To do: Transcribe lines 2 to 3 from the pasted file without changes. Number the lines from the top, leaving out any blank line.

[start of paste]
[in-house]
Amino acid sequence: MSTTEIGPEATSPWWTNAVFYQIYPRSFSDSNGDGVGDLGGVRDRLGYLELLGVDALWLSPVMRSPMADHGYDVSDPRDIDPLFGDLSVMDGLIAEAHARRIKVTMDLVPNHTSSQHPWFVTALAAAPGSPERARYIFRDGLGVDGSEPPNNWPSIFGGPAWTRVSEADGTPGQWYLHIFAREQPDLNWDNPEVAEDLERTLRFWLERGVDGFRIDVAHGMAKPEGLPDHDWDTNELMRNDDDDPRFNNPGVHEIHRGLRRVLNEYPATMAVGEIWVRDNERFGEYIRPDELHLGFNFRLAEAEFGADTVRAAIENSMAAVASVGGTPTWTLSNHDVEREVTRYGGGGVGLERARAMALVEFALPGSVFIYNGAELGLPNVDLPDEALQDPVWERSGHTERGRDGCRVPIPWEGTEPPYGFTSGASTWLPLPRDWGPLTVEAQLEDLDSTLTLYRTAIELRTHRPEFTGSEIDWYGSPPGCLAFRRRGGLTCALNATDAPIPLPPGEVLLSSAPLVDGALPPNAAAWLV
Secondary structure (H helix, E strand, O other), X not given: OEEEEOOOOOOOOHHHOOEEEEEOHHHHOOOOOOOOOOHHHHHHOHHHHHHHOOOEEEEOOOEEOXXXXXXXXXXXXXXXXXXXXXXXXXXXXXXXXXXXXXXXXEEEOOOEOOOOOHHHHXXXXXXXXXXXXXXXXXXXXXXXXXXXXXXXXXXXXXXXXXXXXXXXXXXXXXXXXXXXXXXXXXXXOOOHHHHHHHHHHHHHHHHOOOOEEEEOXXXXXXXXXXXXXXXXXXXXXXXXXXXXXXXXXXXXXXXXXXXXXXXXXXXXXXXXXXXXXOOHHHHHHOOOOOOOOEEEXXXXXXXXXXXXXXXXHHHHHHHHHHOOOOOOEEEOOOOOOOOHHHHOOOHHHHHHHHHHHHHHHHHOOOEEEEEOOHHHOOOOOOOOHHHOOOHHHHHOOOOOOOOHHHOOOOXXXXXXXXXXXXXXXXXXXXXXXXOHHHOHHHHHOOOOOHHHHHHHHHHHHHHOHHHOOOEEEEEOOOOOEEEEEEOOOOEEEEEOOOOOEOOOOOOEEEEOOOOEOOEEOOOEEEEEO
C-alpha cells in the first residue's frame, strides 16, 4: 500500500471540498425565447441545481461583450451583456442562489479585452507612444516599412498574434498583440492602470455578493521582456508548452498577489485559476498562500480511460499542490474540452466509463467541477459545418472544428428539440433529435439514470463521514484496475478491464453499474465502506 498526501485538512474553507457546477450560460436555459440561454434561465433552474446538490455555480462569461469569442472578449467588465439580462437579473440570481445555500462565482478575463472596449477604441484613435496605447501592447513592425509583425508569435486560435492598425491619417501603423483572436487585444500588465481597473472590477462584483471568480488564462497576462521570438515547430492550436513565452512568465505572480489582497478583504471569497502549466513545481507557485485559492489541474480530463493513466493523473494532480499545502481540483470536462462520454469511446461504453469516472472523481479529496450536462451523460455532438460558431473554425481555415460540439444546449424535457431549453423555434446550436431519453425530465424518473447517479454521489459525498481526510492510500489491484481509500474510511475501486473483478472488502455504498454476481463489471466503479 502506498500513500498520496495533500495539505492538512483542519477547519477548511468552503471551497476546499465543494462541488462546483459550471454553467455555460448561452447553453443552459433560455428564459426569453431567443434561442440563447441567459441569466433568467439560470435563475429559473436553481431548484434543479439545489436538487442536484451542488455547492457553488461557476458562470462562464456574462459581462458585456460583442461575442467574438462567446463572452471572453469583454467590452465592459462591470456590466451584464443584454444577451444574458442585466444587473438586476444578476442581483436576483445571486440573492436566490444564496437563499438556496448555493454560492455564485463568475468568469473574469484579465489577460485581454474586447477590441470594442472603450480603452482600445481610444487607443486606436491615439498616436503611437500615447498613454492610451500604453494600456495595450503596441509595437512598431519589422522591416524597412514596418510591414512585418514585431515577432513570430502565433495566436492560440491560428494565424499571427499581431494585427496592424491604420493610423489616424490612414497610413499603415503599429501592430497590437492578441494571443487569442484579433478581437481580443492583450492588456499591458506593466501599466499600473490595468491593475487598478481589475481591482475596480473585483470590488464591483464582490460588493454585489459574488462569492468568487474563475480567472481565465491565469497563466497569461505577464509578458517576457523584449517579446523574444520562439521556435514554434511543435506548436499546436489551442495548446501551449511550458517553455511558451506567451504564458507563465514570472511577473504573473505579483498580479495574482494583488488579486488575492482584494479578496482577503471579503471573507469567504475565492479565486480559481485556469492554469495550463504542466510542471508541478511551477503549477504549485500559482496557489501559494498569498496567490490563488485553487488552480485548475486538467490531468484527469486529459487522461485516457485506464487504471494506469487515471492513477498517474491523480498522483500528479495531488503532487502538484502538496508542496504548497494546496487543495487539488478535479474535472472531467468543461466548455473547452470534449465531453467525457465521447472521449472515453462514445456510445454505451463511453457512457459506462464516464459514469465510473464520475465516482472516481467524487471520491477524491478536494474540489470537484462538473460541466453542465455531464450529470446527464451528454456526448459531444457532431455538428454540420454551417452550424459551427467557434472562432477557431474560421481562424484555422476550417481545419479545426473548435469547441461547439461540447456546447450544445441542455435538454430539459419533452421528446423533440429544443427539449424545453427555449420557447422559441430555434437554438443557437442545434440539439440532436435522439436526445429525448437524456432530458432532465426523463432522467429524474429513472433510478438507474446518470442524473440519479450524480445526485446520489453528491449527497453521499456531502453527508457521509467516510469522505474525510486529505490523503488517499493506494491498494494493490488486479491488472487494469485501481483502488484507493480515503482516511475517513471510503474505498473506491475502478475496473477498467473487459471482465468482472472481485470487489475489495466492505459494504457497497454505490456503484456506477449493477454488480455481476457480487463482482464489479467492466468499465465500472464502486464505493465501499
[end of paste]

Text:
Amino acid sequence: MSTTEIGPEATSPWWTNAVFYQIYPRSFSDSNGDGVGDLGGVRDRLGYLELLGVDALWLSPVMRSPMADHGYDVSDPRDIDPLFGDLSVMDGLIAEAHARRIKVTMDLVPNHTSSQHPWFVTALAAAPGSPERARYIFRDGLGVDGSEPPNNWPSIFGGPAWTRVSEADGTPGQWYLHIFAREQPDLNWDNPEVAEDLERTLRFWLERGVDGFRIDVAHGMAKPEGLPDHDWDTNELMRNDDDDPRFNNPGVHEIHRGLRRVLNEYPATMAVGEIWVRDNERFGEYIRPDELHLGFNFRLAEAEFGADTVRAAIENSMAAVASVGGTPTWTLSNHDVEREVTRYGGGGVGLERARAMALVEFALPGSVFIYNGAELGLPNVDLPDEALQDPVWERSGHTERGRDGCRVPIPWEGTEPPYGFTSGASTWLPLPRDWGPLTVEAQLEDLDSTLTLYRTAIELRTHRPEFTGSEIDWYGSPPGCLAFRRRGGLTCALNATDAPIPLPPGEVLLSSAPLVDGALPPNAAAWLV
Secondary structure (H helix, E strand, O other), X not given: OEEEEOOOOOOOOHHHOOEEEEEOHHHHOOOOOOOOOOHHHHHHOHHHHHHHOOOEEEEOOOEEOXXXXXXXXXXXXXXXXXXXXXXXXXXXXXXXXXXXXXXXXEEEOOOEOOOOOHHHHXXXXXXXXXXXXXXXXXXXXXXXXXXXXXXXXXXXXXXXXXXXXXXXXXXXXXXXXXXXXXXXXXXXOOOHHHHHHHHHHHHHHHHOOOOEEEEOXXXXXXXXXXXXXXXXXXXXXXXXXXXXXXXXXXXXXXXXXXXXXXXXXXXXXXXXXXXXXOOHHHHHHOOOOOOOOEEEXXXXXXXXXXXXXXXXHHHHHHHHHHOOOOOOEEEOOOOOOOOHHHHOOOHHHHHHHHHHHHHHHHHOOOEEEEEOOHHHOOOOOOOOHHHOOOHHHHHOOOOOOOOHHHOOOOXXXXXXXXXXXXXXXXXXXXXXXXOHHHOHHHHHOOOOOHHHHHHHHHHHHHHOHHHOOOEEEEEOOOOOEEEEEEOOOOEEEEEOOOOOEOOOOOOEEEEOOOOEOOEEOOOEEEEEO